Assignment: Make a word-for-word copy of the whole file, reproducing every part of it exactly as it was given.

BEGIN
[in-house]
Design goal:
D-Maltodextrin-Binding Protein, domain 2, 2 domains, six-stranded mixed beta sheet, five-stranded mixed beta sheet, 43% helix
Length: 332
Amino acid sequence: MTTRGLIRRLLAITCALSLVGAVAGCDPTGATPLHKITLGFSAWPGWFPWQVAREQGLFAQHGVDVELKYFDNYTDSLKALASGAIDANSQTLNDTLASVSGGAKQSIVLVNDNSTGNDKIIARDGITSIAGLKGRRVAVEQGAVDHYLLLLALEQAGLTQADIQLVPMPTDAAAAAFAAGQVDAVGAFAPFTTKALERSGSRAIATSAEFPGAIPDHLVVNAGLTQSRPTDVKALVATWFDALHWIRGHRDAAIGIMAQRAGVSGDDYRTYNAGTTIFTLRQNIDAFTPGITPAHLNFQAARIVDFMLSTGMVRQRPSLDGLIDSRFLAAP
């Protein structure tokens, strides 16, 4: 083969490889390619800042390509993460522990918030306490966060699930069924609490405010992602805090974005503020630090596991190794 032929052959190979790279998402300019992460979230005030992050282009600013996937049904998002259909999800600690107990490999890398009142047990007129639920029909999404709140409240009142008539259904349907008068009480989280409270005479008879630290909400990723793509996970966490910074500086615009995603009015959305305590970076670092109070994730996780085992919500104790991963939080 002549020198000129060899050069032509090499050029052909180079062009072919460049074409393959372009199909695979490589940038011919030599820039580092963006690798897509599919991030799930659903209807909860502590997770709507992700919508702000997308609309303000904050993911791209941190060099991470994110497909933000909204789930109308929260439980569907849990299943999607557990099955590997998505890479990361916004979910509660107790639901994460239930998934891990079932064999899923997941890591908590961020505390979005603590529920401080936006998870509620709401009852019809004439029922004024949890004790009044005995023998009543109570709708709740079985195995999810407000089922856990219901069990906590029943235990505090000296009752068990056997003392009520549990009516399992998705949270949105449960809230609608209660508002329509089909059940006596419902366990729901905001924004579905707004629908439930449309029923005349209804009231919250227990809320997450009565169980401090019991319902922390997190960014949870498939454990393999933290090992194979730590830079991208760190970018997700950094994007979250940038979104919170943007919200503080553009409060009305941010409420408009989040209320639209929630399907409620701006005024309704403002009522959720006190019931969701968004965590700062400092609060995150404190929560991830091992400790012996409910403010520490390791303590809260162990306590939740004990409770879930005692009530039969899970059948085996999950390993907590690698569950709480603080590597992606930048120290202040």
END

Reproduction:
[in-house]
Design goal:
D-Maltodextrin-Binding Protein, domain 2, 2 domains, six-stranded mixed beta sheet, five-stranded mixed beta sheet, 43% helix
Length: 332
Amino acid sequence: MTTRGLIRRLLAITCALSLVGAVAGCDPTGATPLHKITLGFSAWPGWFPWQVAREQGLFAQHGVDVELKYFDNYTDSLKALASGAIDANSQTLNDTLASVSGGAKQSIVLVNDNSTGNDKIIARDGITSIAGLKGRRVAVEQGAVDHYLLLLALEQAGLTQADIQLVPMPTDAAAAAFAAGQVDAVGAFAPFTTKALERSGSRAIATSAEFPGAIPDHLVVNAGLTQSRPTDVKALVATWFDALHWIRGHRDAAIGIMAQRAGVSGDDYRTYNAGTTIFTLRQNIDAFTPGITPAHLNFQAARIVDFMLSTGMVRQRPSLDGLIDSRFLAAP
């Protein structure tokens, strides 16, 4: 083969490889390619800042390509993460522990918030306490966060699930069924609490405010992602805090974005503020630090596991190794 032929052959190979790279998402300019992460979230005030992050282009600013996937049904998002259909999800600690107990490999890398009142047990007129639920029909999404709140409240009142008539259904349907008068009480989280409270005479008879630290909400990723793509996970966490910074500086615009995603009015959305305590970076670092109070994730996780085992919500104790991963939080 002549020198000129060899050069032509090499050029052909180079062009072919460049074409393959372009199909695979490589940038011919030599820039580092963006690798897509599919991030799930659903209807909860502590997770709507992700919508702000997308609309303000904050993911791209941190060099991470994110497909933000909204789930109308929260439980569907849990299943999607557990099955590997998505890479990361916004979910509660107790639901994460239930998934891990079932064999899923997941890591908590961020505390979005603590529920401080936006998870509620709401009852019809004439029922004024949890004790009044005995023998009543109570709708709740079985195995999810407000089922856990219901069990906590029943235990505090000296009752068990056997003392009520549990009516399992998705949270949105449960809230609608209660508002329509089909059940006596419902366990729901905001924004579905707004629908439930449309029923005349209804009231919250227990809320997450009565169980401090019991319902922390997190960014949870498939454990393999933290090992194979730590830079991208760190970018997700950094994007979250940038979104919170943007919200503080553009409060009305941010409420408009989040209320639209929630399907409620701006005024309704403002009522959720006190019931969701968004965590700062400092609060995150404190929560991830091992400790012996409910403010520490390791303590809260162990306590939740004990409770879930005692009530039969899970059948085996999950390993907590690698569950709480603080590597992606930048120290202040």